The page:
Why KCPE exam may be here to stay
THE STANDARD INSIDER
By Augustine Oduor
| December 4th 2020
The Kenya Certificate of Primary Education (KCPE) examination may not be scrapped after all, as it is emerging that the government may face hiccups in placing students in secondary schools.
The Standard has established that even as the government abolished Grade Six end of primary education examination, questions have arisen as to what criteria will be used to allocate students space in secondary schools.
It is also emerging that the category of schools to host junior secondary and senior secondary students still remains unclear, even as stakeholders generally agreed that this level of education be domiciled in high school.
The matter is complicated further by the fact that the last batch of 8-4-4 system will join Form One at the time Competency Based Curriculum (CBC) pioneers will also be enrolling for junior secondary school.
And whether value-based learning will be integrated in the general learning activities taught in class is still a major sticky issue, as religious groups push for specific subjects to be taught on values such as love, unity and honesty.
The details emerged as a team appointed by Education Cabinet Secretary George Magoha retreated to write a final report that would seal the fate of KCPE examination before the Christmas break.
The task-force, led by Fatuma Chege, who is Kenyatta University Deputy Vice Chancellor in charge of Administration, will today brief Prof Magoha on the three issues ahead of the final report.
The team, whose term is expiring, is drawn from key sectors and is expected to undertake critical analysis of the national rollout of the new curriculum and advise on key implementation issues.
Broadly, the team is expected to advice on policy and legal issues necessary for effective implementation of curriculum reforms, including a framework on the working relationship between the national and county governments on the implementation of the pre-primary education curriculum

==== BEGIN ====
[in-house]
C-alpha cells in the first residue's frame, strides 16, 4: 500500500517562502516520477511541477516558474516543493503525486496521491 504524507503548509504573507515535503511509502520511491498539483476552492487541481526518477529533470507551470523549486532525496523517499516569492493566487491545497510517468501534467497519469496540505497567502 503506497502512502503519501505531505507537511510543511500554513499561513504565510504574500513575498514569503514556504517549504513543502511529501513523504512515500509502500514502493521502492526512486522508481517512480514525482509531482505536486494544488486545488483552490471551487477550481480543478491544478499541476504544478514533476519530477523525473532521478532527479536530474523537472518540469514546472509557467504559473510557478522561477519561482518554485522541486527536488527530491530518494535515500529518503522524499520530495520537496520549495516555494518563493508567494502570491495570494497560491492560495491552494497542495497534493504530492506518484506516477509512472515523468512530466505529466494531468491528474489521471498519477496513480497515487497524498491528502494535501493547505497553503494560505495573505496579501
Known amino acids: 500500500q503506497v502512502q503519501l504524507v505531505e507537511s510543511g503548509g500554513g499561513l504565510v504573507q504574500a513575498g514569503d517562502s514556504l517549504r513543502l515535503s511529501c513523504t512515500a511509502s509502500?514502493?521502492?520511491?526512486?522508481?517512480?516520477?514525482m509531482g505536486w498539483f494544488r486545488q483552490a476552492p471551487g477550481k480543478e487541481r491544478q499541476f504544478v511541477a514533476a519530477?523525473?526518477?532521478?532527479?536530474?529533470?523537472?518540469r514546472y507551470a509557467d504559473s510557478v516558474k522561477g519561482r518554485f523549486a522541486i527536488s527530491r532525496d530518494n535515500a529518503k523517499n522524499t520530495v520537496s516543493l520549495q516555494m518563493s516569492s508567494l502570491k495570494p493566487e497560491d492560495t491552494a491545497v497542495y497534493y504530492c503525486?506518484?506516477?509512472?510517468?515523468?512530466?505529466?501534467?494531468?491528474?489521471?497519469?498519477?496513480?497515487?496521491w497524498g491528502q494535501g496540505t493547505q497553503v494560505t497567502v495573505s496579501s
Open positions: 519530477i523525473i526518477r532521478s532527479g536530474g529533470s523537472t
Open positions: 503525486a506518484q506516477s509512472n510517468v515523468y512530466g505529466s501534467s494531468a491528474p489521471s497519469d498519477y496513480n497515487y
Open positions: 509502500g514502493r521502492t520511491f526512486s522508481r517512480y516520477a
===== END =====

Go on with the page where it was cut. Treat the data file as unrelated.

On examinations and transition, senior Kenya National Examinations Council officials have been summoned to participate in the task-force retreat as the place of assessments is fully discussed and rested ahead of the final report.
Sources in the committee yesterday said Magoha instructed the task-force to draw convincing criteria that would be used to place the children to secondary schools.
The CS also wants a clear transition roadmap and how the junior secondary and senior secondary schools will be domiciled in high schools.
“These are the three sticky issues that must be addressed and once done, the team will write a report as the term is also coming to an end,” said a well-placed committee member.
Under the new 2–6–3–3–3 education system, learners will spend two years in pre-primary education, six in primary, three in junior secondary and another three in senior secondary school.
The present Grade Four, the pioneer learners under the CBC are expected to exit primary education in 2022 and join junior secondary school in 2023.
In the same year, learners in the present Standard Six under the 8–4–4 education system will sit the Kenya Certificate of Primary Education (KCPE) examination and get admitted into Form One in 2023.
It emerged that education stakeholders and members of the CBC task-force are split on the fate of end of KCPE examination, with questions raised on the criteria that would be used to place learners to secondary schools.
Officials not convinced
Insiders hinted that top Ministry of Education officials were also not convinced that the KCPE examination should be scrapped and tasked the task-force to come up with tangible solutions to the issue.
Speaking during the education stakeholders’ conference in August last year, Uhuru abolished the KCPE examination under the new education system to allow 100 per cent transition to secondary schools.
“How will we know that this learner will be admitted to this school for junior secondary level?” said one of the task-force members.
Presently, Form One placement has criteria based on merit, choice and affirmative action. “What will be used to place children to secondary schools if we do not have examinations?” asked a member of the task- force.
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